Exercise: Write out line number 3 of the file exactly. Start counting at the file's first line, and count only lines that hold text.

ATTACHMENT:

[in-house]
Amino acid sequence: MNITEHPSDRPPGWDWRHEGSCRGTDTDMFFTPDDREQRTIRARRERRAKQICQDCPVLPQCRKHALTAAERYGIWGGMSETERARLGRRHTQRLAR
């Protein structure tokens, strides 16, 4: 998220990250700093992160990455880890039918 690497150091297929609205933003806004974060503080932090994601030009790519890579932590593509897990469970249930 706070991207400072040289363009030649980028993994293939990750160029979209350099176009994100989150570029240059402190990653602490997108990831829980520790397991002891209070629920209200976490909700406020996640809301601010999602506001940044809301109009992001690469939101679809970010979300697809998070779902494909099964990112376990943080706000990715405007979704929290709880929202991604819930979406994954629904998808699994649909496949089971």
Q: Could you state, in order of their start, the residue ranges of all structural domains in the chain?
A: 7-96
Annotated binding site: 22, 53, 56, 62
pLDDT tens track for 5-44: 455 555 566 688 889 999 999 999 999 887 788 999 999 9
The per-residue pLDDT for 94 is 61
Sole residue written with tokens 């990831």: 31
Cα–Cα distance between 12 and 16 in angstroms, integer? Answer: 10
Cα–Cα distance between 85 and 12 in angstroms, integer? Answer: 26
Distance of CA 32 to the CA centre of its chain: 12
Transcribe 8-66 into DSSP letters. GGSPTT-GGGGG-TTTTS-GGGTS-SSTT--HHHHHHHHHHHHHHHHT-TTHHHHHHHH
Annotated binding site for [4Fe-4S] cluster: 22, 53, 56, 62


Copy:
């Protein structure tokens, strides 16, 4: 998220990250700093992160990455880890039918 690497150091297929609205933003806004974060503080932090994601030009790519890579932590593509897990469970249930 706070991207400072040289363009030649980028993994293939990750160029979209350099176009994100989150570029240059402190990653602490997108990831829980520790397991002891209070629920209200976490909700406020996640809301601010999602506001940044809301109009992001690469939101679809970010979300697809998070779902494909099964990112376990943080706000990715405007979704929290709880929202991604819930979406994954629904998808699994649909496949089971």